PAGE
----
Japanese Shares Drop Led by Exporters as Yen StrengthensAnna Kitanaka
Japanese stocks fell, with the Topix Index extending the biggest weekly drop since August 2011, as the yen rose a third day after Bank of Japan Governor Haruhiko Kuroda said the country could withstand higher interest rates.
All but 15 companies fell on the Nikkei 225 Stock Average, with Toyota Motor Corp., Sony Corp. and Panasonic Corp. losing more than 4 percent. Softbank Corp. dropped 4.1 percent after U.S. Senator Charles Schumer said the carrier’s $20.1 billion bid for Sprint Nextel Corp. raises national security concerns. Nipro Corp. surged 19 percent after an initial public offering was announced for ReproCell Inc., a biotech company part-owned by the maker of medical products.
The Topix lost 3.4 percent to close at 1,154.07 in Tokyo, with 32 of 33 industry groups falling. The gauge, which plunged 6.9 percent on May 23, the most since the aftermath of the March 2011 disaster, is trading within half a percentage point from a correction, defined as a 10 percent drop from a recent high.
“The market is way ahead of fundamentals,” said Nader Naeimi, Sydney-based head of dynamic asset allocation at AMP Capital Investors Ltd., which manages $126 billion. “The market is going to be drifting lower -- from its high to its bottom, it’ll be a 20 percent fall over a few weeks. We may add on our positions then.”
The Nikkei 225 dropped 3.2 percent to 14,142.65 today on volume 15 percent above the 100-day average. The gauge’s volatility index, which cooled a second day from a two-year high, showed traders expect a swing of 11 percent for the benchmark in the next 30 days.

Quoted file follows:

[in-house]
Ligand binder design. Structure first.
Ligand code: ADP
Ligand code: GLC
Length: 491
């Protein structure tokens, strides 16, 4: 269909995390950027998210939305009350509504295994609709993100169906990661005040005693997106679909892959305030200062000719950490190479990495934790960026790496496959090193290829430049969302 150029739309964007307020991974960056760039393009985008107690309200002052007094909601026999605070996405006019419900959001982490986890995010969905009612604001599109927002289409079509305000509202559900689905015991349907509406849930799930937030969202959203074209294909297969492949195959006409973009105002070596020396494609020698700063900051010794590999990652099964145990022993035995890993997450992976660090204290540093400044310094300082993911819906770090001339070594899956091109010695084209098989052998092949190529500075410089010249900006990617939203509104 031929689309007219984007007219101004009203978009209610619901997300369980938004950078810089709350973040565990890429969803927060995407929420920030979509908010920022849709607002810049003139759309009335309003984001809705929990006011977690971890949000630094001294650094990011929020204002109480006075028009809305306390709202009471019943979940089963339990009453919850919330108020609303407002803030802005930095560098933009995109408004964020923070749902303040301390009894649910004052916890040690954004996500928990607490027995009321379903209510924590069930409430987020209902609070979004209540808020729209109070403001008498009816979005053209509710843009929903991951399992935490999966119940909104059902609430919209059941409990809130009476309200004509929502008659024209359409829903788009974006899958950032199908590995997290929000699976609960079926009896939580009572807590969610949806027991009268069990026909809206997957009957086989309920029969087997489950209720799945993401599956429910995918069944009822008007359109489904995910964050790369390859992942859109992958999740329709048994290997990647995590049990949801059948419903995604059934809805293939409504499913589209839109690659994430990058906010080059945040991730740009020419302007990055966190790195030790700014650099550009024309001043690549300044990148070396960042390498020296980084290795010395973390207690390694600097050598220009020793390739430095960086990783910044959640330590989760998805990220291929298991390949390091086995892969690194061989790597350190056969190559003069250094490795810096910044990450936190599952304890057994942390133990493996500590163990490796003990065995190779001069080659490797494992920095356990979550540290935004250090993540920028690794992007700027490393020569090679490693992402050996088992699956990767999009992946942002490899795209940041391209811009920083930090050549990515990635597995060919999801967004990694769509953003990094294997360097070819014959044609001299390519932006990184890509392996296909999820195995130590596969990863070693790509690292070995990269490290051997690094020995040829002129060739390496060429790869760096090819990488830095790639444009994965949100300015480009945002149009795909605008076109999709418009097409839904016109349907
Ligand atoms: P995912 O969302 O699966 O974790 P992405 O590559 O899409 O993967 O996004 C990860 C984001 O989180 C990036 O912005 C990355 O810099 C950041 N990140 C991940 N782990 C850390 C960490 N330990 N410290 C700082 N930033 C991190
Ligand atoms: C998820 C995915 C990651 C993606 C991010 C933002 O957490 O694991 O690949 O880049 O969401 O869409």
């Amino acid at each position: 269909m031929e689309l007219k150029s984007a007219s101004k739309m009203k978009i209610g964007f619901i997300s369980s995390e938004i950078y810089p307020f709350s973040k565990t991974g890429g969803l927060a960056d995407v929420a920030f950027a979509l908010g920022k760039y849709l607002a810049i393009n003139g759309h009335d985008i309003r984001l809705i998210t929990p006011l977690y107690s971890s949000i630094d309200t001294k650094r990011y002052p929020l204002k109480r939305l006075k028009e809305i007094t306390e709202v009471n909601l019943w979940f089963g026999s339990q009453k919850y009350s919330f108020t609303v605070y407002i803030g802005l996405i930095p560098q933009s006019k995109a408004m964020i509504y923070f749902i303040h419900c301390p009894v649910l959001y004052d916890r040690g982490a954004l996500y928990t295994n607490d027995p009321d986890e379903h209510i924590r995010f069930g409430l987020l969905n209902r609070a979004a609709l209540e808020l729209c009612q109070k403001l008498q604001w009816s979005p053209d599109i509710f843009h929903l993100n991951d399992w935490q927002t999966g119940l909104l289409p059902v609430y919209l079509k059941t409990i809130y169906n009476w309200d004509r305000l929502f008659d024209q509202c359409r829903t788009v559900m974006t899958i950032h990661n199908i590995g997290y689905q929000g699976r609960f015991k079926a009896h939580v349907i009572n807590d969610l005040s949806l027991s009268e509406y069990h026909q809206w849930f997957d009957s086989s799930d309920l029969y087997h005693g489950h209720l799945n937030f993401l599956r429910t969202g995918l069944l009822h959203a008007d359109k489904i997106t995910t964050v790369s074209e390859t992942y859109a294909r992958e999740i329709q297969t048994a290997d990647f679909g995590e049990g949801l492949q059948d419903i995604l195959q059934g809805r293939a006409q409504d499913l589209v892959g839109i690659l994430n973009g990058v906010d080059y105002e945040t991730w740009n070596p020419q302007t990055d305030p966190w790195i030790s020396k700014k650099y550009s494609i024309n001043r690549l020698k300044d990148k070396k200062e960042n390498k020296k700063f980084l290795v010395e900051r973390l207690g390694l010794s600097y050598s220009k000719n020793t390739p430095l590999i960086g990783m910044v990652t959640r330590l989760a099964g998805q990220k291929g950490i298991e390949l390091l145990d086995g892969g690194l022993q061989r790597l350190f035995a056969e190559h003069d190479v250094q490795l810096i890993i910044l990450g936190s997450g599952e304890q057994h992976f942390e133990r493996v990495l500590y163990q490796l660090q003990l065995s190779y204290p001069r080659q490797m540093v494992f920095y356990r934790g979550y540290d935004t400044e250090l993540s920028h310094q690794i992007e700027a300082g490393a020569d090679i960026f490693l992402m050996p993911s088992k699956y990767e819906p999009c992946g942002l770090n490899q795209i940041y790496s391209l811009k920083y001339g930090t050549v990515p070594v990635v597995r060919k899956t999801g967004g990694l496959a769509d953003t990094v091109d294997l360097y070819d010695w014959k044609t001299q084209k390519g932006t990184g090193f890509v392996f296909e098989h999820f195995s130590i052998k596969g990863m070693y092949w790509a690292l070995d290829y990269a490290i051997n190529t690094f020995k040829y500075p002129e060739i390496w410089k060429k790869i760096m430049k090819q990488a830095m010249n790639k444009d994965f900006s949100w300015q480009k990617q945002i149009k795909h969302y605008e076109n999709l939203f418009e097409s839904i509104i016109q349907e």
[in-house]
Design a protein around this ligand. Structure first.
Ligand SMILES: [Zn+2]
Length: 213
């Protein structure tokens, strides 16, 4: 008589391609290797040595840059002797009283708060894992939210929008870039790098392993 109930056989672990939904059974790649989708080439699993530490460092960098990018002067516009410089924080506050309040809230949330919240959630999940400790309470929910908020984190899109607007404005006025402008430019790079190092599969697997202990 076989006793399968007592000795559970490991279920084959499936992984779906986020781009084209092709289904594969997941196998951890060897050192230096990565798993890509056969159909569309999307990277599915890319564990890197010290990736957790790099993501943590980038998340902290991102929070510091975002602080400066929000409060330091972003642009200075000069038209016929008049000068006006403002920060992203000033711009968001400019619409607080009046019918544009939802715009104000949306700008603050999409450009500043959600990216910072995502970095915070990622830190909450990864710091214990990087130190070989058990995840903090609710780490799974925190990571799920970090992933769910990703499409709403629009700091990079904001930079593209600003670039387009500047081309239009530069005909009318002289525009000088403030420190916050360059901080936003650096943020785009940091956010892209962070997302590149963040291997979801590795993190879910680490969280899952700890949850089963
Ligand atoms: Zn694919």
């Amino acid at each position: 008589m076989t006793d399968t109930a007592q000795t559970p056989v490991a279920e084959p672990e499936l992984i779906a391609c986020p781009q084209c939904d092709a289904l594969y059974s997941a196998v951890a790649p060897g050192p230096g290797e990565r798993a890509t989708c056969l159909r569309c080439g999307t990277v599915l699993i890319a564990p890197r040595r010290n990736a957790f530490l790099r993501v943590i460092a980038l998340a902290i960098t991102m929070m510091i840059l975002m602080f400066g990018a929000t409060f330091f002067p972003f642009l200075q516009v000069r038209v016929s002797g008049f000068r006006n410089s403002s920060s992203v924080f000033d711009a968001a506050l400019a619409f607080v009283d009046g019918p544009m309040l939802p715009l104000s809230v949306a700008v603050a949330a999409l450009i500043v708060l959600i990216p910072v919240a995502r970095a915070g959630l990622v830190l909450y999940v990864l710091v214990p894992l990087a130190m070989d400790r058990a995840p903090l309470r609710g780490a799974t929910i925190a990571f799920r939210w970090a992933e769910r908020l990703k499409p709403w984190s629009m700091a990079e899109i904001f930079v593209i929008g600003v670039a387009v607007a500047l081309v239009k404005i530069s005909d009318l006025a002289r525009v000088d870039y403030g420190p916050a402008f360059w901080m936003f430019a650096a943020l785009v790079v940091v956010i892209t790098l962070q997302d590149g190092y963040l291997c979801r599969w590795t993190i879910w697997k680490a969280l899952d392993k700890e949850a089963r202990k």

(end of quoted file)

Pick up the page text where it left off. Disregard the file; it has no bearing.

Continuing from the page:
More than 750 of the 3,730 stocks listed in Japan have declined more than 25 percent from their one-year highs, according to data compiled by Bloomberg.The Topix is still up about 34 percent this year, more than double the advance for the Standard & Poor’s 500 Index, amid unprecedented monetary easing from the BOJ.
Carmakers and electronic companies exerted the biggest drag among Topix industry groups today. The yen rose as much as 0.5 percent to 100.79 per dollar after jumping 1.9 percent last week, the most since the five days ended June 1, 2012.
Toyota, the world’s biggest carmaker, lost 5 percent to 5,920 yen today, while Sony dropped 6.3 percent to 2,013 yen. Panasonic, which gets nearly half its sales from outside Japan, tumbled 7.1 percent to 831 yen.
SoftBank sank 4.1 percent to 5,170 yen. New York Senator Schumer wrote to the Treasury Department that SoftBank’s purchase of Sprint could open “a backdoor for hackers” targeting the U.S. because of a possible reliance on Chinese networking equipment.
Shares also fell after China’s President Xi Jinping signaled a tolerance for slower expansion to avoid environmental degradation. A separate report showed gains in Chinese industrial companies’ profits quickened in April as sales increased.
There’s “no sign at this point of excessively bullish expectations in asset markets or in the activities of financial institutions,” BOJ Governor Kuroda said yesterday in Tokyo.
The central banker also cited an April report indicating an increase of between one to three percentage points in interest rates would be manageable, as improving lending margins and rising stocks offset some negative effects.
“The BOJ dominates asset markets for better or worse,” Bill Gross, co-chief investment officer at Pacific Investment Management Co., said yesterday in a post on Twitter. “Watch JGBs, the Yen and the exodus from each.”
Among stocks that gained, Nipro surged 19 percent to 1,330 yen, the most on the Topix. ReproCell, which is developing stem-cell drugs, said it would list on Osaka’s Jasdaq exchange for start-ups in June. Nipro is ReproCell’s second-biggest shareholder.